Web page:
Investigating HK2 as a potential therapeutic target in glioblastoma
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AbstractGlioblastoma is the most common high-grade primary brain tumour in adults. Current treatments have limited success with average survival comprehensively low. Effective drug treatments are hindered predominantly by the complex genetic background of glioblastoma heterogeneity, as such there is a compelling need for the development of effective therapeutics. An approach is to target abnormal metabolic pathways that are universally dysregulated in glioblastoma. The identification of potential targets and the development of therapeutic agents is crucial for the advancement of treatment. Hexokinase 2 (HK2) has a prominent role in glycolysis, acting as the rate-limiting step in the pathway. HK2 is highly expressed in many cancers and its role as the rate-limiting step of glycolysis may potentially contribute to tumour growth. Overexpression of HK2 has also been associated with drug resistant phenotypes, in parallel, its inhibition has improved the effectiveness of anticancer agents, suggesting HK2 as a potential therapeutic target. The role of methylation and its association with expression levels of HK2 was determined in glioblastoma fresh frozen biopsies and patient-derived cultures, through pyrosequencing and quantitative PCR. CRISPR knockout was utilised to investigate the effect of inhibiting HK2 on proliferation and to determine the role of HK2 in chemoresistance. The anti-proliferative effects of HK2 inhibitors 3-bromopyruvic-acid (3-BPA) and metformin were investigated via cytotoxic assays and FACS analysis was used to determine their mechanism of action. Additionally, downstream expression changes were investigated via expression profiler arrays, across 84 key genes involved in the regulation and enzymatic pathways of glucose metabolism. Hypomethylation was demonstrated in all biopsies (n=100) and cultures (n=15) compared to normal brain tissue; with average methylation of 4.6% compared to 26% respectively (p<0.0001) determined across 15-CpGs. A significant increase (p<0.0001) in HK2 expression was discovered, ranging between 6 to >1000- fold change in all biopsies and cultures compared to normal brain tissue and a strong correlation between hypomethylation and increased level of expression (p<0.0001) was established. Furthermore, elevated levels of HK2 revealed notably poorer survival outcomes. Sensitivity to 3-BPA in glioblastoma cultures was associated with elevated expression of HK2. Significantly different levels of apoptosis were observed with average levels 38% greater in high HK2 expressing cultures (p=0.0014). A significant growth rate reduction (p<0.007) was demonstrated in HK2-KO cultures compared to parent cultures. Importantly sensitivity to both metformin and TMZ was also significantly increased (p<0.0001) in response to HK2-KO, with substantial reduction in both ID50 values and cell survival. Notably, HK2-KO cultures yielded greater synergistic effects with metformin and TMZ combination treatment. Array data revealed significant downstream gene expression alterations (p<0.005) with HK2-KO and with the supplementation of both 3-BPA and metformin, where >50% genes demonstrated reduced levels of expression compared to the corresponding parent/non-treated cultures. This study demonstrates the predominant role of HK2 within the glycolytic pathway, with overexpression potentially key in driving the genetic alterations downstream. This study also verifies a strong correlation between increased expression of HK2 and hypomethylation, additionally highlighting the impact HK2 has on inferior patient prognosis. HK2-KO revealed considerable ubiquitous reductions in downstream gene expression compared to glioblastoma biopsy tissue and parent cultures. Additionally, an increase in drug sensitivity was depicted with the loss of HK2 signifying the potential of targeting HK2 as a novel therapy in a significant subset of glioblastoma.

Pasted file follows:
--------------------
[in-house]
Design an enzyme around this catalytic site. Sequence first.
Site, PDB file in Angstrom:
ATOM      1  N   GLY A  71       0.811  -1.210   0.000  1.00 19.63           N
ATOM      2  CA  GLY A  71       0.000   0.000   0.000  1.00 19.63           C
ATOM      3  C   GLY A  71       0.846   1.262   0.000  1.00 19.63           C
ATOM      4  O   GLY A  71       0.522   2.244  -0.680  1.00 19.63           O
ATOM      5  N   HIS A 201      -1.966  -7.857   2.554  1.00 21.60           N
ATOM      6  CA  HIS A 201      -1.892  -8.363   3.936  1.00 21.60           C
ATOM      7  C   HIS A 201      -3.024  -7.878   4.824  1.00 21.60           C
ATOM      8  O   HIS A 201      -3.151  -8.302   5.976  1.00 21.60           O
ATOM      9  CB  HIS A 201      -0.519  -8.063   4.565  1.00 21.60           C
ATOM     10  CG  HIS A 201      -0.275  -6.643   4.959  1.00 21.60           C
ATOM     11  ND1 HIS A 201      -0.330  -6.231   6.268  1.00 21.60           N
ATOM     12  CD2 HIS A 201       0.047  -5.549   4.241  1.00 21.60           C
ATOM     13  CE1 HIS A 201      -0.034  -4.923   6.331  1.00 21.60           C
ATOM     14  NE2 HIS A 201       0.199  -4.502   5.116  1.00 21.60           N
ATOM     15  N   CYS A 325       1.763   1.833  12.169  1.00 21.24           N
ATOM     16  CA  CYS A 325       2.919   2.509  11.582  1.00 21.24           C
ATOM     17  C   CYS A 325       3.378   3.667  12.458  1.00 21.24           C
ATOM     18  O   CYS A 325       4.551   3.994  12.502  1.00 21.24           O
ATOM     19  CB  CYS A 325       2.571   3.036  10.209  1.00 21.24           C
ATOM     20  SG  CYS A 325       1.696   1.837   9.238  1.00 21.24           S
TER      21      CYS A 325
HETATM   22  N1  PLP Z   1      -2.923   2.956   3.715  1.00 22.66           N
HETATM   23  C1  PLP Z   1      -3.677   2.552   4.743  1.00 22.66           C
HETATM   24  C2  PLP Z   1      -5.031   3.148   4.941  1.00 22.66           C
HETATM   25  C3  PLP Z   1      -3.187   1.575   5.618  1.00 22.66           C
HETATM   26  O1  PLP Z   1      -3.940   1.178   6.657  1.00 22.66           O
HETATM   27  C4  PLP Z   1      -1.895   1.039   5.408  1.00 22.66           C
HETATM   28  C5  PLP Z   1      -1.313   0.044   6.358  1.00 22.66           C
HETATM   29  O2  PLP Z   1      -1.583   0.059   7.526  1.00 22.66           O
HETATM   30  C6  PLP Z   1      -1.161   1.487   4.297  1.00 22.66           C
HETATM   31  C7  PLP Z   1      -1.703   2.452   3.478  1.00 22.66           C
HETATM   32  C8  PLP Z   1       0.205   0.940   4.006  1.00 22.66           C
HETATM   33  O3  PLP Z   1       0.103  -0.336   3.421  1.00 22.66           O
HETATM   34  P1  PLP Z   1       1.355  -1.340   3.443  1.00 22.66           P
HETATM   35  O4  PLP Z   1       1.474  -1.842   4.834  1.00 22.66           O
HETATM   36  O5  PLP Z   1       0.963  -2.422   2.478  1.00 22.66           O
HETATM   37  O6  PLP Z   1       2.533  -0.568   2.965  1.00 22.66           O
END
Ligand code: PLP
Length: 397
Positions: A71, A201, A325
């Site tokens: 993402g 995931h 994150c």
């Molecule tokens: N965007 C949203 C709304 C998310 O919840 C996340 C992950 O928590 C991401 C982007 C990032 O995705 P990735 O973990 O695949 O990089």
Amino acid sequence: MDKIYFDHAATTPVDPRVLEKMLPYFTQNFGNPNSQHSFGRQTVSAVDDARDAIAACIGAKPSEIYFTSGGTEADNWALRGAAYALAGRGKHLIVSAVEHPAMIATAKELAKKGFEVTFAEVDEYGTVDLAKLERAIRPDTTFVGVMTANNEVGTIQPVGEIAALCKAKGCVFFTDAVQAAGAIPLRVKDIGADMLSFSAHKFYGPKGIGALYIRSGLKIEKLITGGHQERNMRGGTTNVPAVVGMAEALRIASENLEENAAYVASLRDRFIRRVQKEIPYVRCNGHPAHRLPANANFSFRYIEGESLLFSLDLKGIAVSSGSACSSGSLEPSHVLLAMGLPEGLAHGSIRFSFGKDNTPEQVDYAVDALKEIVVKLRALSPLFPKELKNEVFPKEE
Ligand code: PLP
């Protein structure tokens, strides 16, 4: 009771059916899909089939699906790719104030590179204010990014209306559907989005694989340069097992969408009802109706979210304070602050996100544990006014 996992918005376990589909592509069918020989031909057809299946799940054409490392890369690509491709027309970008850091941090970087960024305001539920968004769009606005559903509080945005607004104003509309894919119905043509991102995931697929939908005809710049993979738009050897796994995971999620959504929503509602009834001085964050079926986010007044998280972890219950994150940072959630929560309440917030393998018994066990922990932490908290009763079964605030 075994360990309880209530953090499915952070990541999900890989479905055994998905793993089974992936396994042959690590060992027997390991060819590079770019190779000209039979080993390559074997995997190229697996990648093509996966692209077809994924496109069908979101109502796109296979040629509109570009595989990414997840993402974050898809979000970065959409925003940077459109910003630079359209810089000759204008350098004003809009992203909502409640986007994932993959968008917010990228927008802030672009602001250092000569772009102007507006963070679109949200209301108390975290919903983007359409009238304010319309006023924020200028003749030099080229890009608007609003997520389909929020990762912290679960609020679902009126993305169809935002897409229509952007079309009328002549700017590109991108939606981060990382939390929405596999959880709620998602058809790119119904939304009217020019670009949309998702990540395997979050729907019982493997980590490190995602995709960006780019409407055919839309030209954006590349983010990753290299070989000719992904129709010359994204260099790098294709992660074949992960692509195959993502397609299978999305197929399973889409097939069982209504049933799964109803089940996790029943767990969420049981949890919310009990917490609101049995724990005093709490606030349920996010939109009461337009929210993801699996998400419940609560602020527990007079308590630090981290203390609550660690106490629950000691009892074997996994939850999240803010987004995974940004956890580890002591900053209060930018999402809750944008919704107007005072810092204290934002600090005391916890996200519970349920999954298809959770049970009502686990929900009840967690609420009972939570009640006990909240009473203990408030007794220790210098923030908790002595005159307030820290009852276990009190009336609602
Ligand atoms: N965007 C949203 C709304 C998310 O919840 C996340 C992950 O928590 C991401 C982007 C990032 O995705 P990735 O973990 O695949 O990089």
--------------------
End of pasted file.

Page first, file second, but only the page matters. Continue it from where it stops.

PublisherUniversity of Wolverhampton
TypeThesis or dissertation
DescriptionA thesis submitted in partial fulfilment of the requirements of the University of Wolverhampton for the degree of Doctor of Philosophy.
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